The presence of CNS disease at was 11% on recent CCG AML studies, within the 6–29% range reported previously1–6
. Previous studies conflict regarding the effect of CNS disease on outcome1,3,4,7,8,10,11
, and we found no difference in overall survival among the 3 CNS groups.
Previous studies have not consistantly shown the prognostic value of CNS disease at diagnosis. Some have found that the presence of CNS disease at diagnosis is not an adverse prognostic factor1,3,4,10,11
. Conversely, others have found a decrease in survival7,8
and an increased risk of marrow and CNS relapse2
. A Pediatric Oncology Group study found that patients with CNS disease at diagnosis were more likely to experience a CNS relapse15
. We found that the presence of CNS disease at diagnosis did not affect remission rates, overall survival, event free survival or risk of isolated BM relapse. However, CNS disease at diagnosis affected the disease free survival, relapse risk, risk of a concurrent BM and CNS relapse, and the risk of isolated CNS relapse. A previous study of isolated CNS relapse showed that the presence of CNS disease at diagnosis was predictive of isolated CNS relapse and these patients had an 8 year OS of 26%16
compared to 54% for all patients treated on CCG-289112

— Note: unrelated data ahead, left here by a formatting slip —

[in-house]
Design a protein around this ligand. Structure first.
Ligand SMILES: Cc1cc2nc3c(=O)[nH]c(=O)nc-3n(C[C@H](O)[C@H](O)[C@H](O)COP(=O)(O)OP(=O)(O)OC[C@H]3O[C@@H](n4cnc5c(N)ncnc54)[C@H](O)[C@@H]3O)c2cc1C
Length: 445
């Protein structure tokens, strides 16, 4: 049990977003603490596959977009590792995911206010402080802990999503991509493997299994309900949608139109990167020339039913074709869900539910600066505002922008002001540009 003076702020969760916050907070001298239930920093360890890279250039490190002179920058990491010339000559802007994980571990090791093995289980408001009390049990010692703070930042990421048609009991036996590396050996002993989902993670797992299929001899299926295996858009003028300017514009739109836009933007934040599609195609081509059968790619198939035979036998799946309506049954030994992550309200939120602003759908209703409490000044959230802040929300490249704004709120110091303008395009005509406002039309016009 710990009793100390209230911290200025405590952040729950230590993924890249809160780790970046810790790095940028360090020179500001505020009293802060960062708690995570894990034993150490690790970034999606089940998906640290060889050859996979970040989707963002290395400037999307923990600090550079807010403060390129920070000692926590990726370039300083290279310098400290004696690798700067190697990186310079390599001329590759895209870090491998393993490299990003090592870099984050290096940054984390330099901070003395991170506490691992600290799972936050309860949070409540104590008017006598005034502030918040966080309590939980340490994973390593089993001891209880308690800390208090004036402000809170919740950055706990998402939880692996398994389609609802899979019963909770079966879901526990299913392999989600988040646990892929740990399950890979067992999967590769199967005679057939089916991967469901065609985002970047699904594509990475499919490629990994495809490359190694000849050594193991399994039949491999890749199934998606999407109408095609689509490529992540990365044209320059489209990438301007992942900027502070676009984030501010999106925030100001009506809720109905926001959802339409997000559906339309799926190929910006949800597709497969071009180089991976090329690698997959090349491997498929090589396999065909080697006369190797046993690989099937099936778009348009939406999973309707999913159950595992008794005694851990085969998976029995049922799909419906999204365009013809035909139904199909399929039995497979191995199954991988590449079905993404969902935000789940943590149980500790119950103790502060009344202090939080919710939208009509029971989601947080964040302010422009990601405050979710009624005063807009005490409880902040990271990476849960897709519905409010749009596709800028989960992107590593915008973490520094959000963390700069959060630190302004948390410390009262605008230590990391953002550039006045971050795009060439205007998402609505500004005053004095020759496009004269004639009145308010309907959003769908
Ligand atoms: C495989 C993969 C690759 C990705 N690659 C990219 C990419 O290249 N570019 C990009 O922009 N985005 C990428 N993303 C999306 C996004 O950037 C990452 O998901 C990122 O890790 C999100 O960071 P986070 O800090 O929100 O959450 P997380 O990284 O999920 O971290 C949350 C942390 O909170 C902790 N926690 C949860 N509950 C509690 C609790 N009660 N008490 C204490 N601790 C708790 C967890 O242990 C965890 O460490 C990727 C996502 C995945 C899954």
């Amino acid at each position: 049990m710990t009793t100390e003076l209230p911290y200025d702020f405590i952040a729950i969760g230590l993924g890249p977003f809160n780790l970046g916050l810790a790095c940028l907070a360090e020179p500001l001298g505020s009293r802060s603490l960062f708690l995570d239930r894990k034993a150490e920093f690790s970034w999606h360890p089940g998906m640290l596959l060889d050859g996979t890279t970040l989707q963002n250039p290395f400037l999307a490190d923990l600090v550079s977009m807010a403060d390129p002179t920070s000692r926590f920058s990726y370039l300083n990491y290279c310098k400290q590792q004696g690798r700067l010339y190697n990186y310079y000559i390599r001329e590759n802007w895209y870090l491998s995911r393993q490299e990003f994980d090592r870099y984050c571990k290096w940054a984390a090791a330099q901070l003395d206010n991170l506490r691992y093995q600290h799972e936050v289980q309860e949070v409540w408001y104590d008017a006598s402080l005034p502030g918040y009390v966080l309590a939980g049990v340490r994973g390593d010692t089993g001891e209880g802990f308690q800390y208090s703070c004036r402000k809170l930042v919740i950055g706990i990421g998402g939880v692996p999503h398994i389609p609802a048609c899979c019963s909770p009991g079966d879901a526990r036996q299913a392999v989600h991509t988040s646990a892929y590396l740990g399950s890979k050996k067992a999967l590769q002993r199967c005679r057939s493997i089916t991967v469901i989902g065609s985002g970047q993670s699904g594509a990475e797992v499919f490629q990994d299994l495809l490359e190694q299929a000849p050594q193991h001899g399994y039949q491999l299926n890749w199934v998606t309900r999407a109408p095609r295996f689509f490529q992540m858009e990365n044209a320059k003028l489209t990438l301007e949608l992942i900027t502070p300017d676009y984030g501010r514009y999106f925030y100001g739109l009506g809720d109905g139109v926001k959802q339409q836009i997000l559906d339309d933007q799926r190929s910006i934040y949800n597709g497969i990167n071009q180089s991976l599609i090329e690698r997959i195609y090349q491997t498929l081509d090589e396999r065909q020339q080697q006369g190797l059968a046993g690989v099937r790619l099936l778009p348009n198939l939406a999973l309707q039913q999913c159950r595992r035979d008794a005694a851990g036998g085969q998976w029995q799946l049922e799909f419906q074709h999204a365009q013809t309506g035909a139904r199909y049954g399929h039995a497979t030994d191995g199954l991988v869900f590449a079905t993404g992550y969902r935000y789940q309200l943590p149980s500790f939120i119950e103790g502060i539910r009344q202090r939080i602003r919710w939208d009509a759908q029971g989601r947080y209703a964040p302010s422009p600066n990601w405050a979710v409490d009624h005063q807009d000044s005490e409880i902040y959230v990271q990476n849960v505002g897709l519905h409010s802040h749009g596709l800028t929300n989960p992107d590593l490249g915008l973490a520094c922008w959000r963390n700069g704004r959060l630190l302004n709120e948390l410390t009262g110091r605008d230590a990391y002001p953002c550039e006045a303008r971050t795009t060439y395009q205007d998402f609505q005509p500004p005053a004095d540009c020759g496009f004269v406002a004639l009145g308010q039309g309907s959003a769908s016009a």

. Our current finding of increased risk of isolated relapse in patients with CNS disease at diagnosis is not surprising. The fact that overall survival and event free survival were not affected by the presence of CNS disease is surprising given our previous results. However, it may reflect small differences in the patient populations with CNS disease in these studies.
An interesting finding of this study was an apparent absence of CNS disease continuous variable effect of CNS disease on outcome. Patients with CNS2 disease had an increased (although not significant − 59% vs 50%) overall survival and event free survival than CNS1 patients. Patients with CNS2 disease did not receive the extra intrathecal therapy that CNS3 patients received, but were treated identically to CNS1 patients. The practice of treating CNS2 patients in the same fashion as CNS1 patients is done in some studies1,2,5,6
, while others treat all patients with blasts in the CNS (CNS2 and CNS3) as CNS positive3,4,15
. The current Children’s Oncology Group AML protocol treats all patients with blasts in the CNS as CNS positive. This current study confirms though that extra therapy is unlikely to be needed for CNS2 patients, but in contrast is needed in CNS3 patients.
Patients with CNS3 status in this study received extra intrathecal therapy, as is the case in most studies1–6
. A study from St. Jude Children’s Research Hospital found patients with CNS3 status had a superior outcome, but they utilized radiation therapy in over half of these patients4